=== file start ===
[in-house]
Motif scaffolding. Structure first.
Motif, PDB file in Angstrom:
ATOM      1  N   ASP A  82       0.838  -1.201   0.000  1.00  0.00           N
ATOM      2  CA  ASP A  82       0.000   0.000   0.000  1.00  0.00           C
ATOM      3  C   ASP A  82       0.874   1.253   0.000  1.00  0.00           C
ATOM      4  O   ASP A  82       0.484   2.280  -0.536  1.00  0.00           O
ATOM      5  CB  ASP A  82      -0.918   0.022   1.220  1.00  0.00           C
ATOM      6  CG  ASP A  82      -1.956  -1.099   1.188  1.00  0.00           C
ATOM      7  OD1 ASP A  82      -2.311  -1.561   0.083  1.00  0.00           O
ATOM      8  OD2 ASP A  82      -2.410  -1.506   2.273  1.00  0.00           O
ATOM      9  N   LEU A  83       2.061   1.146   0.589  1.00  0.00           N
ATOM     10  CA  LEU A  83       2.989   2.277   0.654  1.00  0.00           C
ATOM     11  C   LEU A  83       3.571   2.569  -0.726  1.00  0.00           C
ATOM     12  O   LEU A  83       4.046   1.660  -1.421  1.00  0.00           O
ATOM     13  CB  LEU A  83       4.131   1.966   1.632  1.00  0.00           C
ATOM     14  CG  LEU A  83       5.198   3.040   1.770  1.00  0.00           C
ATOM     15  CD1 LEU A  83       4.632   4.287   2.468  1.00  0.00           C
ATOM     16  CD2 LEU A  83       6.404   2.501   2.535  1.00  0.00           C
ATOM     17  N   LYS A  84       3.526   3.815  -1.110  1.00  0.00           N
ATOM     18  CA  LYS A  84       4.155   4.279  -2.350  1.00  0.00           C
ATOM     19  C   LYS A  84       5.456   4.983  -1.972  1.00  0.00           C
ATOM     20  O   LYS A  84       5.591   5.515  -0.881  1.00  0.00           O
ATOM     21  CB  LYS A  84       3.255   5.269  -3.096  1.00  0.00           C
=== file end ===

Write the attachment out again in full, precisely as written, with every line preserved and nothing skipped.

[in-house]
Motif scaffolding. Structure first.
Motif, PDB file in Angstrom:
ATOM      1  N   ASP A  82       0.838  -1.201   0.000  1.00  0.00           N
ATOM      2  CA  ASP A  82       0.000   0.000   0.000  1.00  0.00           C
ATOM      3  C   ASP A  82       0.874   1.253   0.000  1.00  0.00           C
ATOM      4  O   ASP A  82       0.484   2.280  -0.536  1.00  0.00           O
ATOM      5  CB  ASP A  82      -0.918   0.022   1.220  1.00  0.00           C
ATOM      6  CG  ASP A  82      -1.956  -1.099   1.188  1.00  0.00           C
ATOM      7  OD1 ASP A  82      -2.311  -1.561   0.083  1.00  0.00           O
ATOM      8  OD2 ASP A  82      -2.410  -1.506   2.273  1.00  0.00           O
ATOM      9  N   LEU A  83       2.061   1.146   0.589  1.00  0.00           N
ATOM     10  CA  LEU A  83       2.989   2.277   0.654  1.00  0.00           C
ATOM     11  C   LEU A  83       3.571   2.569  -0.726  1.00  0.00           C
ATOM     12  O   LEU A  83       4.046   1.660  -1.421  1.00  0.00           O
ATOM     13  CB  LEU A  83       4.131   1.966   1.632  1.00  0.00           C
ATOM     14  CG  LEU A  83       5.198   3.040   1.770  1.00  0.00           C
ATOM     15  CD1 LEU A  83       4.632   4.287   2.468  1.00  0.00           C
ATOM     16  CD2 LEU A  83       6.404   2.501   2.535  1.00  0.00           C
ATOM     17  N   LYS A  84       3.526   3.815  -1.110  1.00  0.00           N
ATOM     18  CA  LYS A  84       4.155   4.279  -2.350  1.00  0.00           C
ATOM     19  C   LYS A  84       5.456   4.983  -1.972  1.00  0.00           C
ATOM     20  O   LYS A  84       5.591   5.515  -0.881  1.00  0.00           O
ATOM     21  CB  LYS A  84       3.255   5.269  -3.096  1.00  0.00           C